22. Life Expectancy

Life expectancy measures the average number of years of life remaining to a person at a given age. It reflects the health and well-being of our population, and our relative access to resources and services that help keep us alive. Longer lives place more impact on the environment, however, and therefore require us to take responsibility for our actions and their consequences.

How are we doing?

Figure 22.1 shows trends in life expectancy at birth from 1990 to 2000 for all New Jerseyans, and for whites and blacks separately. While all life expectancies rose slightly over the decade, they have been substantially higher for whites than for blacks throughout the decade. This reflects an array of social conditions that differ by race; infant mortality, income, access to effective medical care, access to pre-natal care, nutrition, and so on. Projection of the trends of the past ten years suggests that whites are likely to meet the 2010 target of 81.0 set by the NJ Department of Health and Senior Services, while blacks are not likely to reach the target of 76.5. This racial inequity in life expectancy across the society needs to be addressed.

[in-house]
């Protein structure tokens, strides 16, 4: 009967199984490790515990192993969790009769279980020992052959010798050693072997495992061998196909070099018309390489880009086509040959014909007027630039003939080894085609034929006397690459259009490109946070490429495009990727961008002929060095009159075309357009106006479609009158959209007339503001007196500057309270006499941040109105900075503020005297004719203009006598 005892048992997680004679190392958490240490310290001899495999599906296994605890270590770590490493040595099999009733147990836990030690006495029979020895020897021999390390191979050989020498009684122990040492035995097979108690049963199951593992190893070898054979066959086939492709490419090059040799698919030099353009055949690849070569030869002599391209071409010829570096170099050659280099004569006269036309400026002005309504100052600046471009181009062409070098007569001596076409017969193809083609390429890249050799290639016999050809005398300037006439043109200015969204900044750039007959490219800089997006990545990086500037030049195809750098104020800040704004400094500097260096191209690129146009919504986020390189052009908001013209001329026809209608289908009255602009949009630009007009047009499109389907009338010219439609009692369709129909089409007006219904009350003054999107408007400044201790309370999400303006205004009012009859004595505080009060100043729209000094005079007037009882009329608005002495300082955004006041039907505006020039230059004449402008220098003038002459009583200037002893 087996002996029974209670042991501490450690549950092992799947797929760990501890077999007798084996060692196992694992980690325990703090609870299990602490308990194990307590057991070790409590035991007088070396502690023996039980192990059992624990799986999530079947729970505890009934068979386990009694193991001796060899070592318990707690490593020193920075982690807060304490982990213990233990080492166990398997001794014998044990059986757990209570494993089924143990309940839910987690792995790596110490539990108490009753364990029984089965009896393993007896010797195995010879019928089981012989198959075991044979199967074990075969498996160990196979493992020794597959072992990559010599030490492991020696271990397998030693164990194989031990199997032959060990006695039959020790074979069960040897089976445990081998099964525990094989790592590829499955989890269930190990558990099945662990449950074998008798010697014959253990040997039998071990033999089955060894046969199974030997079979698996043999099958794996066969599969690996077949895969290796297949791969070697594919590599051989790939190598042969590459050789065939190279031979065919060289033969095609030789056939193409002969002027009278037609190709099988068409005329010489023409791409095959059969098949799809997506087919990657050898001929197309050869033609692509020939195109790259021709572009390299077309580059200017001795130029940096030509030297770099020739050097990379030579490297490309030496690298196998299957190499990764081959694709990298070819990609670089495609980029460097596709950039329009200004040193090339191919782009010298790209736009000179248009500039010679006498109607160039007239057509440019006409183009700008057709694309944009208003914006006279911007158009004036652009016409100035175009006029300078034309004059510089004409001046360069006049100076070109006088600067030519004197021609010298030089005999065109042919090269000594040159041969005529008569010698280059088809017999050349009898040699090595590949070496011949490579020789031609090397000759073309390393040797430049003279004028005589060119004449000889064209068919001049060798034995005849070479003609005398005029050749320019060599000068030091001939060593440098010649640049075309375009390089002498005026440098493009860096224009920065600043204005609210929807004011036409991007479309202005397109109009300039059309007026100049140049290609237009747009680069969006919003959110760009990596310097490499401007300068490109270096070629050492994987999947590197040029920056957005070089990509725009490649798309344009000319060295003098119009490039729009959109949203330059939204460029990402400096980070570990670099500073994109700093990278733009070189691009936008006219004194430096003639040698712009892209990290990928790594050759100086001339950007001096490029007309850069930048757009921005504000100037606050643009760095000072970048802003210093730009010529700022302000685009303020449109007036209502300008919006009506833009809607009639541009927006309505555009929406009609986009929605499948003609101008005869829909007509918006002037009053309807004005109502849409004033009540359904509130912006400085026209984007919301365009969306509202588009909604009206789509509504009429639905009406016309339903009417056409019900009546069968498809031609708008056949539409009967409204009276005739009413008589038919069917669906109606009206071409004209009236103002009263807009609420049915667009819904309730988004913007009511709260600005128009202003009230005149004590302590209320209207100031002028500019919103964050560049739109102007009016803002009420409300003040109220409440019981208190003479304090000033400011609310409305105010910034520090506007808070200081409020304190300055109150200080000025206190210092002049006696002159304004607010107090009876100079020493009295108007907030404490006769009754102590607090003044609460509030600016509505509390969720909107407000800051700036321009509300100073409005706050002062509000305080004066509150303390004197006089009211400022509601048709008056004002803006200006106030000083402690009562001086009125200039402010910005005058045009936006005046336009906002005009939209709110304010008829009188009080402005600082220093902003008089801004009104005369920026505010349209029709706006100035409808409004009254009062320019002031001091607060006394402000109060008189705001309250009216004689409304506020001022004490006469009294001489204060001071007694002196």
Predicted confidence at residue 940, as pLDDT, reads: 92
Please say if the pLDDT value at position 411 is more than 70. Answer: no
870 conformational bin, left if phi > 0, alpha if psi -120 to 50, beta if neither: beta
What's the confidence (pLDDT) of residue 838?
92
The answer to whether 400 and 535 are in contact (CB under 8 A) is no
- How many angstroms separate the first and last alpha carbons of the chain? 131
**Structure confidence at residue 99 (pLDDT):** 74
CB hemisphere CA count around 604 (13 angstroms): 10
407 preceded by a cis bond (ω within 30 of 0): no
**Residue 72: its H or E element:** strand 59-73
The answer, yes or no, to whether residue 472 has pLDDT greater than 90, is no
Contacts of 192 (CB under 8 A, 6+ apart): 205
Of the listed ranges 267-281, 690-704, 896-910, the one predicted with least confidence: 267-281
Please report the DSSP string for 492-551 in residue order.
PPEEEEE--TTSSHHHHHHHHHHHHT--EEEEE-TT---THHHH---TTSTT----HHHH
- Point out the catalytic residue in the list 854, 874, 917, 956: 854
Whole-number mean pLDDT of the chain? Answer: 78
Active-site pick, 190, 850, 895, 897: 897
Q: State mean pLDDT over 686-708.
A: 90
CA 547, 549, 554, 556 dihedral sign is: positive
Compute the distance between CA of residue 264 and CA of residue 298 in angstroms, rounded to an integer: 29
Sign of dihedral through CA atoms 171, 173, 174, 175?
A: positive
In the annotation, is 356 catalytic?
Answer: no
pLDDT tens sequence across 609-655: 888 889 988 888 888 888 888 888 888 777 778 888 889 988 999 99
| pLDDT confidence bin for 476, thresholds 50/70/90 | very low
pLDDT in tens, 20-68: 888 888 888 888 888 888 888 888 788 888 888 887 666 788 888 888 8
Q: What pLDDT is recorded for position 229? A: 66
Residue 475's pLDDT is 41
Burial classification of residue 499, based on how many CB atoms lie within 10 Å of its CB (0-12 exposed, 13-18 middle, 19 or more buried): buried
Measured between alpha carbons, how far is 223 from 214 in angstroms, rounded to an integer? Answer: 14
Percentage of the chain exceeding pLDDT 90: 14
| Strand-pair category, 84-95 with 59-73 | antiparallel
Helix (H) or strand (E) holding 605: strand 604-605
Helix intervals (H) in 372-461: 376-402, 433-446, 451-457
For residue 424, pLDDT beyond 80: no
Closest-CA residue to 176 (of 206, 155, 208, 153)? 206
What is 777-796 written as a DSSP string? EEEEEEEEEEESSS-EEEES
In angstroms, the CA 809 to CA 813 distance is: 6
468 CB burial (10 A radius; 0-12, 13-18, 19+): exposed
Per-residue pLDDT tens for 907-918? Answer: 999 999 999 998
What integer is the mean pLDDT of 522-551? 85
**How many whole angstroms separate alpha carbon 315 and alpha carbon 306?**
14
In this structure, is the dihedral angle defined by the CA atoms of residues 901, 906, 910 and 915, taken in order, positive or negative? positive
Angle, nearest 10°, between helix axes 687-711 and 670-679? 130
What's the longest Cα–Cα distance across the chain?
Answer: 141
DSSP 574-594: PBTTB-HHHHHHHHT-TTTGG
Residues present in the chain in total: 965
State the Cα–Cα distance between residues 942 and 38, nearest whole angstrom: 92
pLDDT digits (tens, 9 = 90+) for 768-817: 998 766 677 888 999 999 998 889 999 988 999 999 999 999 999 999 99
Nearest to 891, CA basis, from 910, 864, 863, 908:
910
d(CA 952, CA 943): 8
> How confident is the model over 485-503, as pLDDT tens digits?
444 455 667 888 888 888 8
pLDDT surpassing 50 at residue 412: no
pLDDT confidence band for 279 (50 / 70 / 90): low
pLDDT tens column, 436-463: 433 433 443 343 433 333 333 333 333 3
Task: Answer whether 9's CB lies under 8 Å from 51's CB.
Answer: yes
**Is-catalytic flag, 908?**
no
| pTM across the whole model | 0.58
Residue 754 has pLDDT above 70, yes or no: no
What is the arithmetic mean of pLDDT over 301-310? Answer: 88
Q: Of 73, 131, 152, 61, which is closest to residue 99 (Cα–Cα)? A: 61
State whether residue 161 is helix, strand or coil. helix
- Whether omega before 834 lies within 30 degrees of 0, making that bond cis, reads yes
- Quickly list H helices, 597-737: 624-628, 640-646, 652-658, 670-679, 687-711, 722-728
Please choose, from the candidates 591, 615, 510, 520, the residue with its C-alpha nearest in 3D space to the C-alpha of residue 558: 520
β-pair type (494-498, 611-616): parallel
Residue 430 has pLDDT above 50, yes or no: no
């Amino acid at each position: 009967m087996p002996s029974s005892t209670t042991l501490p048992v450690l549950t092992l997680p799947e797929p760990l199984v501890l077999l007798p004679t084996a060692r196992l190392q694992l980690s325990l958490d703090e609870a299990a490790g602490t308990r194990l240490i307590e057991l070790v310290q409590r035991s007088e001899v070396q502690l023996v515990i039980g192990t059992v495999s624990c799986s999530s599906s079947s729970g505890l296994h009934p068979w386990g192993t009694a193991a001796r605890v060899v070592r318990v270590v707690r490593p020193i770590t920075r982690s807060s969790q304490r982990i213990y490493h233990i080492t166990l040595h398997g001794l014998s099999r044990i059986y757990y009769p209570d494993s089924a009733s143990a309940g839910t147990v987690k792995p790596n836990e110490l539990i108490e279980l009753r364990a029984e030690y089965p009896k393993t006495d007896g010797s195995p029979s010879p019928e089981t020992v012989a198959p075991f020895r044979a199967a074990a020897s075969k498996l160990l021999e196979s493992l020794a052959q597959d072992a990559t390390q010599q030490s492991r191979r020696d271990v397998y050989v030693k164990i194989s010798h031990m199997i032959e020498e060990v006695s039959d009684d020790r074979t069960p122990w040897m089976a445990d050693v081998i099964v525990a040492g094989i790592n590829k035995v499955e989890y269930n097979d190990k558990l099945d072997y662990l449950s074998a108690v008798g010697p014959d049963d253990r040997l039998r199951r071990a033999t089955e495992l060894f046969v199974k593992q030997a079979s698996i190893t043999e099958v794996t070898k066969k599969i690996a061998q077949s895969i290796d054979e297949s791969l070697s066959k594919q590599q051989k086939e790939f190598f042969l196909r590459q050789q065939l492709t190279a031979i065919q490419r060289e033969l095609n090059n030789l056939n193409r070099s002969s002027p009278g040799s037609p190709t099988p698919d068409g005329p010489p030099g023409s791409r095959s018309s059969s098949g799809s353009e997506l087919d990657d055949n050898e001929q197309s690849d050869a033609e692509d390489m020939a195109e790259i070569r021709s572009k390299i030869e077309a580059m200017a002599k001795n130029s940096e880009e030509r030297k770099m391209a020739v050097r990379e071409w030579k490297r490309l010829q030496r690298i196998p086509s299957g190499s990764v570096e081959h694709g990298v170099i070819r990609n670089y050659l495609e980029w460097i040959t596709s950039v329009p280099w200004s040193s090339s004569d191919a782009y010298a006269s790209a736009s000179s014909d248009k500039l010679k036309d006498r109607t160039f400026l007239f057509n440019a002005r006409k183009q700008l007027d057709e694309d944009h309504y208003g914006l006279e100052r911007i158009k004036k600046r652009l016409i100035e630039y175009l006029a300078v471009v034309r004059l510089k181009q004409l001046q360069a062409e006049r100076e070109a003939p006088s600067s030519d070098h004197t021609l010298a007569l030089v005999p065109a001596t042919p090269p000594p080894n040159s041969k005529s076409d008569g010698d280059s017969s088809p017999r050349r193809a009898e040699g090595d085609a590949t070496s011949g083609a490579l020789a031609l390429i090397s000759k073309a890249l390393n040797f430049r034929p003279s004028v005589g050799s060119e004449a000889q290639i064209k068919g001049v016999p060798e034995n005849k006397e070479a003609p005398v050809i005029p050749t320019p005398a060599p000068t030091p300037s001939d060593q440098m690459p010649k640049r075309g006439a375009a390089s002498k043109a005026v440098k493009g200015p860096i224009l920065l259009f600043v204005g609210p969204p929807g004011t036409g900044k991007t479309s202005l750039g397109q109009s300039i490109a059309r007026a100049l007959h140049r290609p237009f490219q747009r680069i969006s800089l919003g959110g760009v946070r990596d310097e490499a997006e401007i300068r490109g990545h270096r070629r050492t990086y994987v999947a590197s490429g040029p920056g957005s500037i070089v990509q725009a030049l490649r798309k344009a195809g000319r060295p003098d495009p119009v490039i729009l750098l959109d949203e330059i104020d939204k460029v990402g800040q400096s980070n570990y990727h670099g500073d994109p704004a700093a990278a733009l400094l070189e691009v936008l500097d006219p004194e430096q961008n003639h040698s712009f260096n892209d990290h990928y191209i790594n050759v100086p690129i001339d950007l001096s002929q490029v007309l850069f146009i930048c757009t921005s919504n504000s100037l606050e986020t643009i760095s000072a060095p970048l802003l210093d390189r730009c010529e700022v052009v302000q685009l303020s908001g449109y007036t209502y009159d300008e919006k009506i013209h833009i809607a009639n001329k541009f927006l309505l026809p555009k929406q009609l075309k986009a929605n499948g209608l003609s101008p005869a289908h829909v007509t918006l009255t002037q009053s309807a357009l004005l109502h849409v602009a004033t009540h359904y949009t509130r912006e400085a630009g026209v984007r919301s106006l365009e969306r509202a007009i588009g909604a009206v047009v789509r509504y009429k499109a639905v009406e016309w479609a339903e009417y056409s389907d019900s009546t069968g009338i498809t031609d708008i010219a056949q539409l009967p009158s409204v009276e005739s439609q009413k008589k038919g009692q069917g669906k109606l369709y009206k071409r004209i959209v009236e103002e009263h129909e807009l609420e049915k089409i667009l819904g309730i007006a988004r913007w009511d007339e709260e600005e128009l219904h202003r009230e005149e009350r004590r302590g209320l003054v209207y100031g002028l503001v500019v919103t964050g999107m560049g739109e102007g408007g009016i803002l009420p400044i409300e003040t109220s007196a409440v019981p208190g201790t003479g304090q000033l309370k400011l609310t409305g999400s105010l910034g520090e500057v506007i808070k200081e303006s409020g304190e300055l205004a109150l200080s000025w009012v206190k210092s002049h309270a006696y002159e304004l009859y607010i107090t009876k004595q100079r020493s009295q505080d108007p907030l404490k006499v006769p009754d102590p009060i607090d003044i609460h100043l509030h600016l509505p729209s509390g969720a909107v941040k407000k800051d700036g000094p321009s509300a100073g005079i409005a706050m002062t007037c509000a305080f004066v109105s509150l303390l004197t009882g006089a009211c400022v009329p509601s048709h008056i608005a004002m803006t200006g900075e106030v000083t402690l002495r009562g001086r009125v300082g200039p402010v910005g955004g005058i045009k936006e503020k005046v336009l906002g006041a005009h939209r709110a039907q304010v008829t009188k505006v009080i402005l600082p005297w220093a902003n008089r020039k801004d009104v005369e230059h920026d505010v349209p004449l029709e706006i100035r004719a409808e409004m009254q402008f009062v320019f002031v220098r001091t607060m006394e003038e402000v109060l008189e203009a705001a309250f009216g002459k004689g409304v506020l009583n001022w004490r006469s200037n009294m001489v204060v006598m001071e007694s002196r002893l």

What is behind these figures?

Life expectancy at birth tells us the number of years that a person born in a given year is expected to live. The average life expectancy of a baby born in New Jersey in 2000 was 77.6 years. Life expectancy increases with age, so in the same year the life expectancy of a 65-year old was over 82 years. A grandmother has already lived through many risks; having successfully bypassed them, she is likely to live longer than was expected when she was born.

New Jersey data clearly illustrate the common perception that women outlive men. Figure 22.2 compares life expectancies of men and women through the 1990s. Though men’s life expectancies have improved over the decade more than women’s, women still may be expected to live significantly longer than their male counterparts.

What else would we like to know?

Life expectancies are calculated based on data on births, deaths, and population. New Jersey data on deaths for races other than white and black are less available. Consequently, life expectancy estimates are available only for whites and blacks, but not for Hispanics or other racial groups. These additional data would give us a better understanding of the inequities in our state in access to health care, nutrition, safe homes and jobs, and other factors contributing to longer life.



Figure 22.1 & 22.2

The most current data are available on the web at New Jersey Health Statistics 2000, Table M10. Life Expectancy at Birth by Race and Sex, http://www.state.nj.us/health/chs/stats00/mort00.pdf#m10.

Earlier data may be accessed through http://www.state.nj.us/health/chs/hlthstat.htm

Indicator Target:

By 2010, increase life expectancy at birth to:
White: 81.0
Black: 76.5

Current (2000) level:
White: 80.1
Black: 74.8

Source: Healthy New Jersey 2010, http://www.state.nj.us/health/chs/hnj2010vol2.pdf